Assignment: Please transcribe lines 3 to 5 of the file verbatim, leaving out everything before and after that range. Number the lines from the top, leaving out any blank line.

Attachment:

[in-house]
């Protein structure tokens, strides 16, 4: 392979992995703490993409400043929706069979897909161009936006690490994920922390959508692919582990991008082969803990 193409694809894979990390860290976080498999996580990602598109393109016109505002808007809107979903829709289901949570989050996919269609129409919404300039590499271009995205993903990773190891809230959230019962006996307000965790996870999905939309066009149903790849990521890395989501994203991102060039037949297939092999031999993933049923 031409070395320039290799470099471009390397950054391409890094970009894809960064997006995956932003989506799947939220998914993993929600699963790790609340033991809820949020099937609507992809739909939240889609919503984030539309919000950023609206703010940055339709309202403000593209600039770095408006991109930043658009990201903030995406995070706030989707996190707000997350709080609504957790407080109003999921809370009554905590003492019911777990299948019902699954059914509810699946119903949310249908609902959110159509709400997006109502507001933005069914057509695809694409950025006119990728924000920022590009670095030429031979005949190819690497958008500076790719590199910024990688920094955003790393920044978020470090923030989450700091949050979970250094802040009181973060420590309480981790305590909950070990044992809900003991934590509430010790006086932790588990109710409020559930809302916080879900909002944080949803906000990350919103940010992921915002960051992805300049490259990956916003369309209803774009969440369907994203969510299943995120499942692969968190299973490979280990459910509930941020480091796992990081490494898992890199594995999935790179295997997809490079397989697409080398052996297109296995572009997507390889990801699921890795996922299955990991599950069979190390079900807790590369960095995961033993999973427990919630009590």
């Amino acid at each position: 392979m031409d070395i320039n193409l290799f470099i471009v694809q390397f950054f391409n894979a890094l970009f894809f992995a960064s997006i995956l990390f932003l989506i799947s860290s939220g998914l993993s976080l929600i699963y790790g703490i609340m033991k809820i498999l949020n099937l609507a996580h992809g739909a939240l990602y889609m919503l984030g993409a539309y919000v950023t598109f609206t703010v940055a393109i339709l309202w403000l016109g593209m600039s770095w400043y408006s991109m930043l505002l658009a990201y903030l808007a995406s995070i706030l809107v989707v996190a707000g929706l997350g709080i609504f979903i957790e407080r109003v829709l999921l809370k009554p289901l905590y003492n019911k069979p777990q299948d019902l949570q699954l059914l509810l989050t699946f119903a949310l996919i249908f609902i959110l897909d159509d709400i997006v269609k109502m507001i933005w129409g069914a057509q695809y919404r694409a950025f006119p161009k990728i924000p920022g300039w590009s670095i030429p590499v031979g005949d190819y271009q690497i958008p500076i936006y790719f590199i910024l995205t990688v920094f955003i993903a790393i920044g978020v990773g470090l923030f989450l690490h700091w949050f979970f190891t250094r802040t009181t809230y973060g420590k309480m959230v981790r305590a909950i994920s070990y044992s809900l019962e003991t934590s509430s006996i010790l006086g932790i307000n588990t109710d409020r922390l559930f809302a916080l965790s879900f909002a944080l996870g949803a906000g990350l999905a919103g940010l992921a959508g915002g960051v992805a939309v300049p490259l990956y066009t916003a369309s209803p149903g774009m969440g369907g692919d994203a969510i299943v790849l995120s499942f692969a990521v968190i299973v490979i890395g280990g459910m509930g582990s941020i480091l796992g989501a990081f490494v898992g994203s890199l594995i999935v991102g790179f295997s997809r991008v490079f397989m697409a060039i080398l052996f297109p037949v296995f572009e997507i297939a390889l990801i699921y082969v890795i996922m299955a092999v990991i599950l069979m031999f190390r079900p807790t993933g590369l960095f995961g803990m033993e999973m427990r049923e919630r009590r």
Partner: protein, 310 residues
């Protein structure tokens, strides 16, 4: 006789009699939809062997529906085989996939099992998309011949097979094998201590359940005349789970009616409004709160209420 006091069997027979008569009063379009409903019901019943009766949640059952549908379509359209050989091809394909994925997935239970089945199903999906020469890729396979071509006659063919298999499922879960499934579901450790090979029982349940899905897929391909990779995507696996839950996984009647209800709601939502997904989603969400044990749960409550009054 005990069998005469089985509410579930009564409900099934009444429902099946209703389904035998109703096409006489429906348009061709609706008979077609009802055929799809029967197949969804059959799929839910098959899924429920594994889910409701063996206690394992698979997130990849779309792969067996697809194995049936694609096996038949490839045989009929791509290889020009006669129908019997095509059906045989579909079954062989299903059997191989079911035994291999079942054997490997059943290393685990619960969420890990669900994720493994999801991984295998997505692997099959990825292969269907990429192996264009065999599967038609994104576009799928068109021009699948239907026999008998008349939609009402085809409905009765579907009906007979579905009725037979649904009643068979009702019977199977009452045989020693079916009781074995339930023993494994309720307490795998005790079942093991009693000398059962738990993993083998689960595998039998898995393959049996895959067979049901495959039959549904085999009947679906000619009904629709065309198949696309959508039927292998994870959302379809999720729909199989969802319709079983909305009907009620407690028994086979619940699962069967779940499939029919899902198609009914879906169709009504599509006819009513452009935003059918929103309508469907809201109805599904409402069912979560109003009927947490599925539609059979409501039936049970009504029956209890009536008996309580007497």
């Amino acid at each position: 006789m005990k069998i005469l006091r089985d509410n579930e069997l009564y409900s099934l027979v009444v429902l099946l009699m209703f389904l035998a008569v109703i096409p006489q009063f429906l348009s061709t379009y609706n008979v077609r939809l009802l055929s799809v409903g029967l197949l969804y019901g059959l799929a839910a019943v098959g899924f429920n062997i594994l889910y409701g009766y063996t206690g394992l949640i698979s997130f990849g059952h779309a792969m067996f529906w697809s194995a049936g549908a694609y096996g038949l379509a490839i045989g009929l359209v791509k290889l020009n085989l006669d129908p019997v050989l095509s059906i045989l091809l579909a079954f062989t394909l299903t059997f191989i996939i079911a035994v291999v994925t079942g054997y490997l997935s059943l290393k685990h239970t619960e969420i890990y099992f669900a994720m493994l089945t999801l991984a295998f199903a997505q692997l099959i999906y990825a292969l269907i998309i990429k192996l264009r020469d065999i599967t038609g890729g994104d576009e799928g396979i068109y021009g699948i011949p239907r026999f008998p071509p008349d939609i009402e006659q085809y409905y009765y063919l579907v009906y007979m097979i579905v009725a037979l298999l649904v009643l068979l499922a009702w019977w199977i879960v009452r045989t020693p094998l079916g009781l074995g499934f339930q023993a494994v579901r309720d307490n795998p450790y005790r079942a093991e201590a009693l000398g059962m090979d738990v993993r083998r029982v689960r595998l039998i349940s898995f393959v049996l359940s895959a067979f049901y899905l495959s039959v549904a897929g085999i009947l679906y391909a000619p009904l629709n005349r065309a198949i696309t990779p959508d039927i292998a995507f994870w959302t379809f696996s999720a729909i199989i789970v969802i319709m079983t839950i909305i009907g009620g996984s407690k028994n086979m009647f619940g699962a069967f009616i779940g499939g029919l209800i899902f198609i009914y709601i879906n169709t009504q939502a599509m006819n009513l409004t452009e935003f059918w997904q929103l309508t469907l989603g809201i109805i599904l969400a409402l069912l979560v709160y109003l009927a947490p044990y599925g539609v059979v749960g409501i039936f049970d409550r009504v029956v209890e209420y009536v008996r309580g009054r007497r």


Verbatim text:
């Amino acid at each position: 392979m031409d070395i320039n193409l290799f470099i471009v694809q390397f950054f391409n894979a890094l970009f894809f992995a960064s997006i995956l990390f932003l989506i799947s860290s939220g998914l993993s976080l929600i699963y790790g703490i609340m033991k809820i498999l949020n099937l609507a996580h992809g739909a939240l990602y889609m919503l984030g993409a539309y919000v950023t598109f609206t703010v940055a393109i339709l309202w403000l016109g593209m600039s770095w400043y408006s991109m930043l505002l658009a990201y903030l808007a995406s995070i706030l809107v989707v996190a707000g929706l997350g709080i609504f979903i957790e407080r109003v829709l999921l809370k009554p289901l905590y003492n019911k069979p777990q299948d019902l949570q699954l059914l509810l989050t699946f119903a949310l996919i249908f609902i959110l897909d159509d709400i997006v269609k109502m507001i933005w129409g069914a057509q695809y919404r694409a950025f006119p161009k990728i924000p920022g300039w590009s670095i030429p590499v031979g005949d190819y271009q690497i958008p500076i936006y790719f590199i910024l995205t990688v920094f955003i993903a790393i920044g978020v990773g470090l923030f989450l690490h700091w949050f979970f190891t250094r802040t009181t809230y973060g420590k309480m959230v981790r305590a909950i994920s070990y044992s809900l019962e003991t934590s509430s006996i010790l006086g932790i307000n588990t109710d409020r922390l559930f809302a916080l965790s879900f909002a944080l996870g949803a906000g990350l999905a919103g940010l992921a959508g915002g960051v992805a939309v300049p490259l990956y066009t916003a369309s209803p149903g774009m969440g369907g692919d994203a969510i299943v790849l995120s499942f692969a990521v968190i299973v490979i890395g280990g459910m509930g582990s941020i480091l796992g989501a990081f490494v898992g994203s890199l594995i999935v991102g790179f295997s997809r991008v490079f397989m697409a060039i080398l052996f297109p037949v296995f572009e997507i297939a390889l990801i699921y082969v890795i996922m299955a092999v990991i599950l069979m031999f190390r079900p807790t993933g590369l960095f995961g803990m033993e999973m427990r049923e919630r009590r």
Partner: protein, 310 residues
């Protein structure tokens, strides 16, 4: 006789009699939809062997529906085989996939099992998309011949097979094998201590359940005349789970009616409004709160209420 006091069997027979008569009063379009409903019901019943009766949640059952549908379509359209050989091809394909994925997935239970089945199903999906020469890729396979071509006659063919298999499922879960499934579901450790090979029982349940899905897929391909990779995507696996839950996984009647209800709601939502997904989603969400044990749960409550009054 005990069998005469089985509410579930009564409900099934009444429902099946209703389904035998109703096409006489429906348009061709609706008979077609009802055929799809029967197949969804059959799929839910098959899924429920594994889910409701063996206690394992698979997130990849779309792969067996697809194995049936694609096996038949490839045989009929791509290889020009006669129908019997095509059906045989579909079954062989299903059997191989079911035994291999079942054997490997059943290393685990619960969420890990669900994720493994999801991984295998997505692997099959990825292969269907990429192996264009065999599967038609994104576009799928068109021009699948239907026999008998008349939609009402085809409905009765579907009906007979579905009725037979649904009643068979009702019977199977009452045989020693079916009781074995339930023993494994309720307490795998005790079942093991009693000398059962738990993993083998689960595998039998898995393959049996895959067979049901495959039959549904085999009947679906000619009904629709065309198949696309959508039927292998994870959302379809999720729909199989969802319709079983909305009907009620407690028994086979619940699962069967779940499939029919899902198609009914879906169709009504599509006819009513452009935003059918929103309508469907809201109805599904409402069912979560109003009927947490599925539609059979409501039936049970009504029956209890009536008996309580007497």